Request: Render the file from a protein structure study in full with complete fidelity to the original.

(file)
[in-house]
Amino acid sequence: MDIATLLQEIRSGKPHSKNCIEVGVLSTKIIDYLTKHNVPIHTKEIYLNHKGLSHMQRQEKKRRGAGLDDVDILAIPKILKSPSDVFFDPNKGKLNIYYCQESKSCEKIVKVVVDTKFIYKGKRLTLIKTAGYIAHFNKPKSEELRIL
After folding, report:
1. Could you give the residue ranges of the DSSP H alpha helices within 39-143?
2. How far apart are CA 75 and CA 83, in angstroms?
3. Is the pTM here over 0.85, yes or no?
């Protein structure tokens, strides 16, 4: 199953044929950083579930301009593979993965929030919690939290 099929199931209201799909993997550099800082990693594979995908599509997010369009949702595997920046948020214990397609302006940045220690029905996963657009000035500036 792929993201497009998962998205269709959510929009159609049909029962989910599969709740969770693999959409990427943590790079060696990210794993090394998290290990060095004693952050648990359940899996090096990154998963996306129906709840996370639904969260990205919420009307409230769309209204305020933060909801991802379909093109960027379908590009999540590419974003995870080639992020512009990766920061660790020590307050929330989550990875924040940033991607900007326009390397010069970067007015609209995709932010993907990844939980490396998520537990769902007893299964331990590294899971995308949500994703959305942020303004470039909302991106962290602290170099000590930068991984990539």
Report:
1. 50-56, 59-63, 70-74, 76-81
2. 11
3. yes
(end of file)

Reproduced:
[in-house]
Amino acid sequence: MDIATLLQEIRSGKPHSKNCIEVGVLSTKIIDYLTKHNVPIHTKEIYLNHKGLSHMQRQEKKRRGAGLDDVDILAIPKILKSPSDVFFDPNKGKLNIYYCQESKSCEKIVKVVVDTKFIYKGKRLTLIKTAGYIAHFNKPKSEELRIL
After folding, report:
1. Could you give the residue ranges of the DSSP H alpha helices within 39-143?
2. How far apart are CA 75 and CA 83, in angstroms?
3. Is the pTM here over 0.85, yes or no?
């Protein structure tokens, strides 16, 4: 199953044929950083579930301009593979993965929030919690939290 099929199931209201799909993997550099800082990693594979995908599509997010369009949702595997920046948020214990397609302006940045220690029905996963657009000035500036 792929993201497009998962998205269709959510929009159609049909029962989910599969709740969770693999959409990427943590790079060696990210794993090394998290290990060095004693952050648990359940899996090096990154998963996306129906709840996370639904969260990205919420009307409230769309209204305020933060909801991802379909093109960027379908590009999540590419974003995870080639992020512009990766920061660790020590307050929330989550990875924040940033991607900007326009390397010069970067007015609209995709932010993907990844939980490396998520537990769902007893299964331990590294899971995308949500994703959305942020303004470039909302991106962290602290170099000590930068991984990539």
Report:
1. 50-56, 59-63, 70-74, 76-81
2. 11
3. yes